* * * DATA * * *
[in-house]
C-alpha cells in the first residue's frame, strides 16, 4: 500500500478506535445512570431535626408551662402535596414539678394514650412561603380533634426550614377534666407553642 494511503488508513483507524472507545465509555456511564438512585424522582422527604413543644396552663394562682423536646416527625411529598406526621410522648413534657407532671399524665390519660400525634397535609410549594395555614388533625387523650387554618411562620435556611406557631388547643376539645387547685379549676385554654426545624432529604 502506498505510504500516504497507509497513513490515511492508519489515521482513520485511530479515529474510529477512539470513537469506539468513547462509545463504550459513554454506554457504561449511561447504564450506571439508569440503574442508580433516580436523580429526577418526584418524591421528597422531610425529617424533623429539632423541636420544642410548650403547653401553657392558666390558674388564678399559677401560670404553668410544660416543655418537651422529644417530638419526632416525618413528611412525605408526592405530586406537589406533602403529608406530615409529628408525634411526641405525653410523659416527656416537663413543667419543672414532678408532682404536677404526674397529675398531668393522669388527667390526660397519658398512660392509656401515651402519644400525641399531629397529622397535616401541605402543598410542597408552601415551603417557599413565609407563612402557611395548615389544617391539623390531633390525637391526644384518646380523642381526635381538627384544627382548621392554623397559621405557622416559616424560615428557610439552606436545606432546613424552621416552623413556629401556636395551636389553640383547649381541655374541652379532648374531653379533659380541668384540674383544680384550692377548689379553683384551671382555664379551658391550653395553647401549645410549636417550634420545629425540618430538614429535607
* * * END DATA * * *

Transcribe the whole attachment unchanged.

[in-house]
C-alpha cells in the first residue's frame, strides 16, 4: 500500500478506535445512570431535626408551662402535596414539678394514650412561603380533634426550614377534666407553642 494511503488508513483507524472507545465509555456511564438512585424522582422527604413543644396552663394562682423536646416527625411529598406526621410522648413534657407532671399524665390519660400525634397535609410549594395555614388533625387523650387554618411562620435556611406557631388547643376539645387547685379549676385554654426545624432529604 502506498505510504500516504497507509497513513490515511492508519489515521482513520485511530479515529474510529477512539470513537469506539468513547462509545463504550459513554454506554457504561449511561447504564450506571439508569440503574442508580433516580436523580429526577418526584418524591421528597422531610425529617424533623429539632423541636420544642410548650403547653401553657392558666390558674388564678399559677401560670404553668410544660416543655418537651422529644417530638419526632416525618413528611412525605408526592405530586406537589406533602403529608406530615409529628408525634411526641405525653410523659416527656416537663413543667419543672414532678408532682404536677404526674397529675398531668393522669388527667390526660397519658398512660392509656401515651402519644400525641399531629397529622397535616401541605402543598410542597408552601415551603417557599413565609407563612402557611395548615389544617391539623390531633390525637391526644384518646380523642381526635381538627384544627382548621392554623397559621405557622416559616424560615428557610439552606436545606432546613424552621416552623413556629401556636395551636389553640383547649381541655374541652379532648374531653379533659380541668384540674383544680384550692377548689379553683384551671382555664379551658391550653395553647401549645410549636417550634420545629425540618430538614429535607